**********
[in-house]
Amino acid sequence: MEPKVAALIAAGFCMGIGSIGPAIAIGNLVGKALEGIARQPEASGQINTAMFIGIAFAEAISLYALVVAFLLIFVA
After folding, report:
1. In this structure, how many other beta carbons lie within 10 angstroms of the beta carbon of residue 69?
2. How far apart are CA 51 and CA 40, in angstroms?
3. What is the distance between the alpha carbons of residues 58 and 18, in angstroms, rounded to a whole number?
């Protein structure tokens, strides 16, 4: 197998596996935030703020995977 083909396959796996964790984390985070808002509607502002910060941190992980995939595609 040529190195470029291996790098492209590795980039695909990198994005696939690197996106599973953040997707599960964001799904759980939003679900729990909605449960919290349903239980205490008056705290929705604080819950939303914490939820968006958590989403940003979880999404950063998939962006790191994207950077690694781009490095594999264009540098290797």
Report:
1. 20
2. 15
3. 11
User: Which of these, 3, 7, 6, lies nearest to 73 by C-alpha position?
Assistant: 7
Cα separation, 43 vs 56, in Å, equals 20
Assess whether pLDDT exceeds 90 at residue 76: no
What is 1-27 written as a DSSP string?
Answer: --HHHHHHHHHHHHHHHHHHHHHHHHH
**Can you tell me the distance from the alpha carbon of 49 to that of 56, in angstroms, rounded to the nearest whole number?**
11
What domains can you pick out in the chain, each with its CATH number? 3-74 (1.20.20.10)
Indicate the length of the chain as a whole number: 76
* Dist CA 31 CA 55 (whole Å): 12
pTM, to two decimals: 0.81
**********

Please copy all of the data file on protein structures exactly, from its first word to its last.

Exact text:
[in-house]
Amino acid sequence: MEPKVAALIAAGFCMGIGSIGPAIAIGNLVGKALEGIARQPEASGQINTAMFIGIAFAEAISLYALVVAFLLIFVA
After folding, report:
1. In this structure, how many other beta carbons lie within 10 angstroms of the beta carbon of residue 69?
2. How far apart are CA 51 and CA 40, in angstroms?
3. What is the distance between the alpha carbons of residues 58 and 18, in angstroms, rounded to a whole number?
């Protein structure tokens, strides 16, 4: 197998596996935030703020995977 083909396959796996964790984390985070808002509607502002910060941190992980995939595609 040529190195470029291996790098492209590795980039695909990198994005696939690197996106599973953040997707599960964001799904759980939003679900729990909605449960919290349903239980205490008056705290929705604080819950939303914490939820968006958590989403940003979880999404950063998939962006790191994207950077690694781009490095594999264009540098290797």
Report:
1. 20
2. 15
3. 11
User: Which of these, 3, 7, 6, lies nearest to 73 by C-alpha position?
Assistant: 7
Cα separation, 43 vs 56, in Å, equals 20
Assess whether pLDDT exceeds 90 at residue 76: no
What is 1-27 written as a DSSP string?
Answer: --HHHHHHHHHHHHHHHHHHHHHHHHH
**Can you tell me the distance from the alpha carbon of 49 to that of 56, in angstroms, rounded to the nearest whole number?**
11
What domains can you pick out in the chain, each with its CATH number? 3-74 (1.20.20.10)
Indicate the length of the chain as a whole number: 76
* Dist CA 31 CA 55 (whole Å): 12
pTM, to two decimals: 0.81